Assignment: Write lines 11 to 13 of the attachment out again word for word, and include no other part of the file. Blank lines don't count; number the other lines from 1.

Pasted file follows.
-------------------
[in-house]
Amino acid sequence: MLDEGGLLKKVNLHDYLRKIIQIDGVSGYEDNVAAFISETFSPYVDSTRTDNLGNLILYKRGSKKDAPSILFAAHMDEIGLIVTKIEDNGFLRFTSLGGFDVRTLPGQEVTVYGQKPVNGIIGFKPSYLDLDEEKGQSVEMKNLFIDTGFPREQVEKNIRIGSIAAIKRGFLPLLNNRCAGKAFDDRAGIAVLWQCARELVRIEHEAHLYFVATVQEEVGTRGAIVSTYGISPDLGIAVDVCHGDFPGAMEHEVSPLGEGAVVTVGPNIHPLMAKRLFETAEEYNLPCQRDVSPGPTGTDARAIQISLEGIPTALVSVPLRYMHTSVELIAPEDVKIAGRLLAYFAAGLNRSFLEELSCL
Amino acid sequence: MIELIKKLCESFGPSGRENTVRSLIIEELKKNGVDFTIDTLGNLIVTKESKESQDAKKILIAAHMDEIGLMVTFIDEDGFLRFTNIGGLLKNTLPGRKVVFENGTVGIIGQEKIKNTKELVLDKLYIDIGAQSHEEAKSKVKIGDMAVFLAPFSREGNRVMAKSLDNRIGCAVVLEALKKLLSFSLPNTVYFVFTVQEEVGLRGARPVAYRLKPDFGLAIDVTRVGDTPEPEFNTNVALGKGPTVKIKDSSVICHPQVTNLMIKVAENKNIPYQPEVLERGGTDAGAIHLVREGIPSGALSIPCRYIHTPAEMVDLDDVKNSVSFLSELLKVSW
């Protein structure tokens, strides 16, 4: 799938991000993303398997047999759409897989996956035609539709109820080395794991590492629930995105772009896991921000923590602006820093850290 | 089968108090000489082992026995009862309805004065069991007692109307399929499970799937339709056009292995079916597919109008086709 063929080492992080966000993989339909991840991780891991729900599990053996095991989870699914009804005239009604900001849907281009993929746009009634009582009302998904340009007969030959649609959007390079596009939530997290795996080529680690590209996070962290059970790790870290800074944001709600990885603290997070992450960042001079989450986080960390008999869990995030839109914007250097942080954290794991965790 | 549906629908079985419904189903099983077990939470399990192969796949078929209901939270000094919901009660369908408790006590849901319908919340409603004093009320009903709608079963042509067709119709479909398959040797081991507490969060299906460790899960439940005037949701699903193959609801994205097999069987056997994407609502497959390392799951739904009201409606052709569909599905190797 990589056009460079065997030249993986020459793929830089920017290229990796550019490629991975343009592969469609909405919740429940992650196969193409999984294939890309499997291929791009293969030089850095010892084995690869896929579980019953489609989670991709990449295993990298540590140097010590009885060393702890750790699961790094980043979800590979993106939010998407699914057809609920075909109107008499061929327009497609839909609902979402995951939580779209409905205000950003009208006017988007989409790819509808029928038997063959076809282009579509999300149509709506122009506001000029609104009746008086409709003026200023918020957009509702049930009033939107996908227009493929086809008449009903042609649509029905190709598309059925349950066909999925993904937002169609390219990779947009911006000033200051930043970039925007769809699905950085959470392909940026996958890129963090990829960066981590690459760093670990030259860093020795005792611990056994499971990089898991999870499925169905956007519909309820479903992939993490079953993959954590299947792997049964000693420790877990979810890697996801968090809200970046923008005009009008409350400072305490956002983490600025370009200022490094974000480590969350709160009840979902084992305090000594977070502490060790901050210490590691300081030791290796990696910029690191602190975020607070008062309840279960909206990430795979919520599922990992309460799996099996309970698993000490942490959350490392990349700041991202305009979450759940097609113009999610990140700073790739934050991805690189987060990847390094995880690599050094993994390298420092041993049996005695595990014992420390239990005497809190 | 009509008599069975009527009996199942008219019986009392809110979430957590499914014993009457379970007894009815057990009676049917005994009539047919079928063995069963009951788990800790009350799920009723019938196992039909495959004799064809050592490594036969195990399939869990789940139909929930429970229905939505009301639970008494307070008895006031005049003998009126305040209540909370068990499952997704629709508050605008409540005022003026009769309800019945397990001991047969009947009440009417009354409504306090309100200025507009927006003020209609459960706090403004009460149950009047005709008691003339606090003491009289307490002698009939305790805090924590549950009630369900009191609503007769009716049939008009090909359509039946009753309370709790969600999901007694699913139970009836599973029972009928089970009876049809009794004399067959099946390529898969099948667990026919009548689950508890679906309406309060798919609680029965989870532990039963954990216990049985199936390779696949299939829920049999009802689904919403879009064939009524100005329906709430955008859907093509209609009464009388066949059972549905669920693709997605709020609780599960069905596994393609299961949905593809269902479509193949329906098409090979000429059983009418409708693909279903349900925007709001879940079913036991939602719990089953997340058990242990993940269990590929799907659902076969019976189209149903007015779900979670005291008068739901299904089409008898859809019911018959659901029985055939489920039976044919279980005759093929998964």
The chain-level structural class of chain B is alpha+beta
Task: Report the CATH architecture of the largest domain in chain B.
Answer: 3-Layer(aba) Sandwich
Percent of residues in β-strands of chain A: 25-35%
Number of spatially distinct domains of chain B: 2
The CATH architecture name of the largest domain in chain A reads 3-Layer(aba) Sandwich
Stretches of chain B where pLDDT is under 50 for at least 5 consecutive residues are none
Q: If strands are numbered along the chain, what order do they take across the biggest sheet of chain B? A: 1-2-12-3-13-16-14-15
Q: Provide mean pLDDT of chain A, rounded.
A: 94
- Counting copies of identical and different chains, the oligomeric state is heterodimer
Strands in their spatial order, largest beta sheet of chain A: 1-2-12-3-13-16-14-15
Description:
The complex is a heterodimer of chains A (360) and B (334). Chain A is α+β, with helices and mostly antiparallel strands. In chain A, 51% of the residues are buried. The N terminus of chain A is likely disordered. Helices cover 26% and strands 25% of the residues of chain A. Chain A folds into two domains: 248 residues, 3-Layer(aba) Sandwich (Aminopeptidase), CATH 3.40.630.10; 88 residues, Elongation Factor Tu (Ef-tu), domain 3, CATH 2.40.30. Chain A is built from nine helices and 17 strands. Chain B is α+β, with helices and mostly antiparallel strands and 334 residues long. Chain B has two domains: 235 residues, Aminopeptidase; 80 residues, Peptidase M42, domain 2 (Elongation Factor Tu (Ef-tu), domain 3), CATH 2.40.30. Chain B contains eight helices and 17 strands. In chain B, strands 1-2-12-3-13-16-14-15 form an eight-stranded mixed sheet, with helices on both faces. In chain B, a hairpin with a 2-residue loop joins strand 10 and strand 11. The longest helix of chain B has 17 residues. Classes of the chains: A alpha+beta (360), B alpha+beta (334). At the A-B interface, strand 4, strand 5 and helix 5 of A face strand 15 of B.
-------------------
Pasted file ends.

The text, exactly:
Stretches of chain B where pLDDT is under 50 for at least 5 consecutive residues are none
Q: If strands are numbered along the chain, what order do they take across the biggest sheet of chain B? A: 1-2-12-3-13-16-14-15
Q: Provide mean pLDDT of chain A, rounded.